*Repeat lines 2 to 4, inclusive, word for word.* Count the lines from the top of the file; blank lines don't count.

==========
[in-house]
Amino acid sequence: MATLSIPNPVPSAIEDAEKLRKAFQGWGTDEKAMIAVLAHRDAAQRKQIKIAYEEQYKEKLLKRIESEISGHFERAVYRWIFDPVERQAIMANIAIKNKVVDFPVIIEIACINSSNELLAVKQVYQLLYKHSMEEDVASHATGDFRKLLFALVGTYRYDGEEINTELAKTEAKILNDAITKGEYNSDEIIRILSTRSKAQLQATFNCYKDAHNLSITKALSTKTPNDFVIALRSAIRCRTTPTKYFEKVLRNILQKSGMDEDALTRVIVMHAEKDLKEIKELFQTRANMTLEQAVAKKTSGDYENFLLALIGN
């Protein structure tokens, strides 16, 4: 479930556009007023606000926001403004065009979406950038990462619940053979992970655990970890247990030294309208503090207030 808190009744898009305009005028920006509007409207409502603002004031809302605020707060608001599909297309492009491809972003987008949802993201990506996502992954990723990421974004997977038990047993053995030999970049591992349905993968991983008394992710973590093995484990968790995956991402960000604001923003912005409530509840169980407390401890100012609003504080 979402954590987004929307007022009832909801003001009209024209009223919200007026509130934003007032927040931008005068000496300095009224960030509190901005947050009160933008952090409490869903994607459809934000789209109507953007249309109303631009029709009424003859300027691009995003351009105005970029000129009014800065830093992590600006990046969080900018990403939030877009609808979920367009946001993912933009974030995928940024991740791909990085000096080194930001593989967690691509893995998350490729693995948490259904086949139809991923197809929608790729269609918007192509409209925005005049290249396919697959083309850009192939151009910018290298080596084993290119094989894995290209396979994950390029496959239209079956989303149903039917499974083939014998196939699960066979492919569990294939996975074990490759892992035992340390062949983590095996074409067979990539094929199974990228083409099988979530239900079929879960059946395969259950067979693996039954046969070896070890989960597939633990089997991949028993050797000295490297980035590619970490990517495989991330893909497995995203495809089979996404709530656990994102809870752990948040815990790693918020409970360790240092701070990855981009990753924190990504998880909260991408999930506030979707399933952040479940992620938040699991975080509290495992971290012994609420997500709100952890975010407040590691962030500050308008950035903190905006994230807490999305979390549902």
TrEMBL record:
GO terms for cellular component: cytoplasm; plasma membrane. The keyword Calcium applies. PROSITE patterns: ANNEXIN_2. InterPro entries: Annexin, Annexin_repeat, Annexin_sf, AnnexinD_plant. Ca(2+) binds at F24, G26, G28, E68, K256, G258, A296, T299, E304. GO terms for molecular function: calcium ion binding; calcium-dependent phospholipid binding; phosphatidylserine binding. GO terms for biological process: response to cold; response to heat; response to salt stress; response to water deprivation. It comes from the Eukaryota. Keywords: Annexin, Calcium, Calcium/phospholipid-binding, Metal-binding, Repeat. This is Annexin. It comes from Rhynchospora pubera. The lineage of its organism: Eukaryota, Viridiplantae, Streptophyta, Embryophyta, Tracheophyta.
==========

Amino acid sequence: MATLSIPNPVPSAIEDAEKLRKAFQGWGTDEKAMIAVLAHRDAAQRKQIKIAYEEQYKEKLLKRIESEISGHFERAVYRWIFDPVERQAIMANIAIKNKVVDFPVIIEIACINSSNELLAVKQVYQLLYKHSMEEDVASHATGDFRKLLFALVGTYRYDGEEINTELAKTEAKILNDAITKGEYNSDEIIRILSTRSKAQLQATFNCYKDAHNLSITKALSTKTPNDFVIALRSAIRCRTTPTKYFEKVLRNILQKSGMDEDALTRVIVMHAEKDLKEIKELFQTRANMTLEQAVAKKTSGDYENFLLALIGN
């Protein structure tokens, strides 16, 4: 479930556009007023606000926001403004065009979406950038990462619940053979992970655990970890247990030294309208503090207030 808190009744898009305009005028920006509007409207409502603002004031809302605020707060608001599909297309492009491809972003987008949802993201990506996502992954990723990421974004997977038990047993053995030999970049591992349905993968991983008394992710973590093995484990968790995956991402960000604001923003912005409530509840169980407390401890100012609003504080 979402954590987004929307007022009832909801003001009209024209009223919200007026509130934003007032927040931008005068000496300095009224960030509190901005947050009160933008952090409490869903994607459809934000789209109507953007249309109303631009029709009424003859300027691009995003351009105005970029000129009014800065830093992590600006990046969080900018990403939030877009609808979920367009946001993912933009974030995928940024991740791909990085000096080194930001593989967690691509893995998350490729693995948490259904086949139809991923197809929608790729269609918007192509409209925005005049290249396919697959083309850009192939151009910018290298080596084993290119094989894995290209396979994950390029496959239209079956989303149903039917499974083939014998196939699960066979492919569990294939996975074990490759892992035992340390062949983590095996074409067979990539094929199974990228083409099988979530239900079929879960059946395969259950067979693996039954046969070896070890989960597939633990089997991949028993050797000295490297980035590619970490990517495989991330893909497995995203495809089979996404709530656990994102809870752990948040815990790693918020409970360790240092701070990855981009990753924190990504998880909260991408999930506030979707399933952040479940992620938040699991975080509290495992971290012994609420997500709100952890975010407040590691962030500050308008950035903190905006994230807490999305979390549902």
TrEMBL record: